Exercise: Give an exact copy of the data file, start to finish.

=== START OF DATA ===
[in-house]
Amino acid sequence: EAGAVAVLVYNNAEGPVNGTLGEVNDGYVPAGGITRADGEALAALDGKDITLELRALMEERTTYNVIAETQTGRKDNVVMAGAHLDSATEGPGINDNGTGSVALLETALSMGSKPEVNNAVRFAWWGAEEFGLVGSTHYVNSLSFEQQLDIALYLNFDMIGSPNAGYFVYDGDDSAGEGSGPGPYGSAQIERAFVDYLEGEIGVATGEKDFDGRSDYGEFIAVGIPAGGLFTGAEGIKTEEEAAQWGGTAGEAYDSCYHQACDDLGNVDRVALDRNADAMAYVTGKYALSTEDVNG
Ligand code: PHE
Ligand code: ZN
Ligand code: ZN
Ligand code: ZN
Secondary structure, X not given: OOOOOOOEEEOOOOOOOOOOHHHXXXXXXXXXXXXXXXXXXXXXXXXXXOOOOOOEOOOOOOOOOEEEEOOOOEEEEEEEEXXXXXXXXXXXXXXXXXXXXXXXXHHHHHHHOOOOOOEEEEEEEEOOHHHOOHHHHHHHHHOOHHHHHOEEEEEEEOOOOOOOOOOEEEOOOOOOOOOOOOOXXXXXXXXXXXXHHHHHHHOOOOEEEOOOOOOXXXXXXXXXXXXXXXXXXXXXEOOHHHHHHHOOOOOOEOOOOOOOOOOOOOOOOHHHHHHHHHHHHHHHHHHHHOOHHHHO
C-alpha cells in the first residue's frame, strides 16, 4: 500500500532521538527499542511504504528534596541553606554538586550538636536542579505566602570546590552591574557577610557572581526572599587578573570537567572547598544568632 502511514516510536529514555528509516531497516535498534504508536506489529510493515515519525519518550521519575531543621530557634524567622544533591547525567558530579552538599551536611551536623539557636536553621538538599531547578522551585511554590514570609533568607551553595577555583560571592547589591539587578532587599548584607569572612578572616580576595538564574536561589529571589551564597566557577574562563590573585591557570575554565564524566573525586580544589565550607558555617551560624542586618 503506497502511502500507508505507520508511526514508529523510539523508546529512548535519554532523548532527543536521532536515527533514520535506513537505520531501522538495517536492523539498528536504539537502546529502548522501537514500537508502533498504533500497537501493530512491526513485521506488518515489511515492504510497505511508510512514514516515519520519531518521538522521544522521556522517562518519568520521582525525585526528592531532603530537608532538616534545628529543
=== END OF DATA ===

[in-house]
Amino acid sequence: EAGAVAVLVYNNAEGPVNGTLGEVNDGYVPAGGITRADGEALAALDGKDITLELRALMEERTTYNVIAETQTGRKDNVVMAGAHLDSATEGPGINDNGTGSVALLETALSMGSKPEVNNAVRFAWWGAEEFGLVGSTHYVNSLSFEQQLDIALYLNFDMIGSPNAGYFVYDGDDSAGEGSGPGPYGSAQIERAFVDYLEGEIGVATGEKDFDGRSDYGEFIAVGIPAGGLFTGAEGIKTEEEAAQWGGTAGEAYDSCYHQACDDLGNVDRVALDRNADAMAYVTGKYALSTEDVNG
Ligand code: PHE
Ligand code: ZN
Ligand code: ZN
Ligand code: ZN
Secondary structure, X not given: OOOOOOOEEEOOOOOOOOOOHHHXXXXXXXXXXXXXXXXXXXXXXXXXXOOOOOOEOOOOOOOOOEEEEOOOOEEEEEEEEXXXXXXXXXXXXXXXXXXXXXXXXHHHHHHHOOOOOOEEEEEEEEOOHHHOOHHHHHHHHHOOHHHHHOEEEEEEEOOOOOOOOOOEEEOOOOOOOOOOOOOXXXXXXXXXXXXHHHHHHHOOOOEEEOOOOOOXXXXXXXXXXXXXXXXXXXXXEOOHHHHHHHOOOOOOEOOOOOOOOOOOOOOOOHHHHHHHHHHHHHHHHHHHHOOHHHHO
C-alpha cells in the first residue's frame, strides 16, 4: 500500500532521538527499542511504504528534596541553606554538586550538636536542579505566602570546590552591574557577610557572581526572599587578573570537567572547598544568632 502511514516510536529514555528509516531497516535498534504508536506489529510493515515519525519518550521519575531543621530557634524567622544533591547525567558530579552538599551536611551536623539557636536553621538538599531547578522551585511554590514570609533568607551553595577555583560571592547589591539587578532587599548584607569572612578572616580576595538564574536561589529571589551564597566557577574562563590573585591557570575554565564524566573525586580544589565550607558555617551560624542586618 503506497502511502500507508505507520508511526514508529523510539523508546529512548535519554532523548532527543536521532536515527533514520535506513537505520531501522538495517536492523539498528536504539537502546529502548522501537514500537508502533498504533500497537501493530512491526513485521506488518515489511515492504510497505511508510512514514516515519520519531518521538522521544522521556522517562518519568520521582525525585526528592531532603530537608532538616534545628529543